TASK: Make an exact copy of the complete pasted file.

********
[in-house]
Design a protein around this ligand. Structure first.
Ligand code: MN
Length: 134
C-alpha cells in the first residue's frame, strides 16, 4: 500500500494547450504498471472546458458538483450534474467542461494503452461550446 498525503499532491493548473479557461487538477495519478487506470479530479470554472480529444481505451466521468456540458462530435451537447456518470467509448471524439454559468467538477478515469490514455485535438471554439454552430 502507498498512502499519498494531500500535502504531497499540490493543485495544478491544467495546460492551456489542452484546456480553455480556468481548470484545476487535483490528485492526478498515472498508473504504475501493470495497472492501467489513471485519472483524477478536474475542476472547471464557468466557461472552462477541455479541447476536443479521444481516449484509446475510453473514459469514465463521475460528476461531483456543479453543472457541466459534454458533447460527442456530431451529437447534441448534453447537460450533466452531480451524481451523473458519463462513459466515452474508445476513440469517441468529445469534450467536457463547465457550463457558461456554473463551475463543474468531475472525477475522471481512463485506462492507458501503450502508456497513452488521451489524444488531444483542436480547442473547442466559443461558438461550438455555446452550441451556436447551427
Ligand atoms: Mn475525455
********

[in-house]
Design a protein around this ligand. Structure first.
Ligand code: MN
Length: 134
C-alpha cells in the first residue's frame, strides 16, 4: 500500500494547450504498471472546458458538483450534474467542461494503452461550446 498525503499532491493548473479557461487538477495519478487506470479530479470554472480529444481505451466521468456540458462530435451537447456518470467509448471524439454559468467538477478515469490514455485535438471554439454552430 502507498498512502499519498494531500500535502504531497499540490493543485495544478491544467495546460492551456489542452484546456480553455480556468481548470484545476487535483490528485492526478498515472498508473504504475501493470495497472492501467489513471485519472483524477478536474475542476472547471464557468466557461472552462477541455479541447476536443479521444481516449484509446475510453473514459469514465463521475460528476461531483456543479453543472457541466459534454458533447460527442456530431451529437447534441448534453447537460450533466452531480451524481451523473458519463462513459466515452474508445476513440469517441468529445469534450467536457463547465457550463457558461456554473463551475463543474468531475472525477475522471481512463485506462492507458501503450502508456497513452488521451489524444488531444483542436480547442473547442466559443461558438461550438455555446452550441451556436447551427
Ligand atoms: Mn475525455